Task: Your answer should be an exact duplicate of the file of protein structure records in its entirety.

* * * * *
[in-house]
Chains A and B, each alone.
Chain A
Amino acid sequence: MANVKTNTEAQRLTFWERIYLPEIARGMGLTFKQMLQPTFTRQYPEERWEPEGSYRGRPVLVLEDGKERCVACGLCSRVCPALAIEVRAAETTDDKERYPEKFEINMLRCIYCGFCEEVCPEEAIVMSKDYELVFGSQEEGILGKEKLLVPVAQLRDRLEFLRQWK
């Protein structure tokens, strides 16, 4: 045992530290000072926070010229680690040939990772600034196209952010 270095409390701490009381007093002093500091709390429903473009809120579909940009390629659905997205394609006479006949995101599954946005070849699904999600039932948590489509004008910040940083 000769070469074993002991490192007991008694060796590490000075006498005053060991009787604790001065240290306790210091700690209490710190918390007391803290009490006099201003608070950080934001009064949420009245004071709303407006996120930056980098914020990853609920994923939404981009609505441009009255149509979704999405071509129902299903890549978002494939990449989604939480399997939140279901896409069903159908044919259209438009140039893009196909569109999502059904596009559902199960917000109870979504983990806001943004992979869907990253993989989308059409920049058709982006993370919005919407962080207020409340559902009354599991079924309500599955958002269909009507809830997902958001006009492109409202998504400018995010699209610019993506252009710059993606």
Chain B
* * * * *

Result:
[in-house]
Chains A and B, each alone.
Chain A
Amino acid sequence: MANVKTNTEAQRLTFWERIYLPEIARGMGLTFKQMLQPTFTRQYPEERWEPEGSYRGRPVLVLEDGKERCVACGLCSRVCPALAIEVRAAETTDDKERYPEKFEINMLRCIYCGFCEEVCPEEAIVMSKDYELVFGSQEEGILGKEKLLVPVAQLRDRLEFLRQWK
């Protein structure tokens, strides 16, 4: 045992530290000072926070010229680690040939990772600034196209952010 270095409390701490009381007093002093500091709390429903473009809120579909940009390629659905997205394609006479006949995101599954946005070849699904999600039932948590489509004008910040940083 000769070469074993002991490192007991008694060796590490000075006498005053060991009787604790001065240290306790210091700690209490710190918390007391803290009490006099201003608070950080934001009064949420009245004071709303407006996120930056980098914020990853609920994923939404981009609505441009009255149509979704999405071509129902299903890549978002494939990449989604939480399997939140279901896409069903159908044919259209438009140039893009196909569109999502059904596009559902199960917000109870979504983990806001943004992979869907990253993989989308059409920049058709982006993370919005919407962080207020409340559902009354599991079924309500599955958002269909009507809830997902958001006009492109409202998504400018995010699209610019993506252009710059993606």
Chain B